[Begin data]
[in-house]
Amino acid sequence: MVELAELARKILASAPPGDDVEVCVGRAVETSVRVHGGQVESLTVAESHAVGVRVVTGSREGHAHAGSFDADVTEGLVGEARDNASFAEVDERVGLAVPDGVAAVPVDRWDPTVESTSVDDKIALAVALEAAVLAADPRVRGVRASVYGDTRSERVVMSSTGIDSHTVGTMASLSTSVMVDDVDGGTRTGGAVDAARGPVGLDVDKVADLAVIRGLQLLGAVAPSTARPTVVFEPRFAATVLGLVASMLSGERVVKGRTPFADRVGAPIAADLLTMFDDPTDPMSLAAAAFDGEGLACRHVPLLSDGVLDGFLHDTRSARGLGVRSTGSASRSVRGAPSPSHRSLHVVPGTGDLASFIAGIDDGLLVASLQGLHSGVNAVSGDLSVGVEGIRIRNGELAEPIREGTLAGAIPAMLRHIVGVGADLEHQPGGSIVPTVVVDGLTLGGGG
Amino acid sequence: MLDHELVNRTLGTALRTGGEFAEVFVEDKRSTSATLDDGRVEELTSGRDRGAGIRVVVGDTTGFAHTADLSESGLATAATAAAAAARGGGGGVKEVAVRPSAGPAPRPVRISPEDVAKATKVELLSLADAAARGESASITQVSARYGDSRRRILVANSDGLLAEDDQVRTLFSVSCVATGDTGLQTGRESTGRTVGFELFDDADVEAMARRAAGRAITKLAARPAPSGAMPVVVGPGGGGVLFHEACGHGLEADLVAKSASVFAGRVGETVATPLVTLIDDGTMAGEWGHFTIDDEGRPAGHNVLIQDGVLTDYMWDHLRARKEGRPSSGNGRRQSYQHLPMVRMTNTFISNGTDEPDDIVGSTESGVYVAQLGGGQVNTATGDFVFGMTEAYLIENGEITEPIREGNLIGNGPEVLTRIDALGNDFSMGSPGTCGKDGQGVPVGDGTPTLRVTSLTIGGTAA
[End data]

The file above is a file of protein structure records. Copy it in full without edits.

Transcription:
[in-house]
Amino acid sequence: MVELAELARKILASAPPGDDVEVCVGRAVETSVRVHGGQVESLTVAESHAVGVRVVTGSREGHAHAGSFDADVTEGLVGEARDNASFAEVDERVGLAVPDGVAAVPVDRWDPTVESTSVDDKIALAVALEAAVLAADPRVRGVRASVYGDTRSERVVMSSTGIDSHTVGTMASLSTSVMVDDVDGGTRTGGAVDAARGPVGLDVDKVADLAVIRGLQLLGAVAPSTARPTVVFEPRFAATVLGLVASMLSGERVVKGRTPFADRVGAPIAADLLTMFDDPTDPMSLAAAAFDGEGLACRHVPLLSDGVLDGFLHDTRSARGLGVRSTGSASRSVRGAPSPSHRSLHVVPGTGDLASFIAGIDDGLLVASLQGLHSGVNAVSGDLSVGVEGIRIRNGELAEPIREGTLAGAIPAMLRHIVGVGADLEHQPGGSIVPTVVVDGLTLGGGG
Amino acid sequence: MLDHELVNRTLGTALRTGGEFAEVFVEDKRSTSATLDDGRVEELTSGRDRGAGIRVVVGDTTGFAHTADLSESGLATAATAAAAAARGGGGGVKEVAVRPSAGPAPRPVRISPEDVAKATKVELLSLADAAARGESASITQVSARYGDSRRRILVANSDGLLAEDDQVRTLFSVSCVATGDTGLQTGRESTGRTVGFELFDDADVEAMARRAAGRAITKLAARPAPSGAMPVVVGPGGGGVLFHEACGHGLEADLVAKSASVFAGRVGETVATPLVTLIDDGTMAGEWGHFTIDDEGRPAGHNVLIQDGVLTDYMWDHLRARKEGRPSSGNGRRQSYQHLPMVRMTNTFISNGTDEPDDIVGSTESGVYVAQLGGGQVNTATGDFVFGMTEAYLIENGEITEPIREGNLIGNGPEVLTRIDALGNDFSMGSPGTCGKDGQGVPVGDGTPTLRVTSLTIGGTAA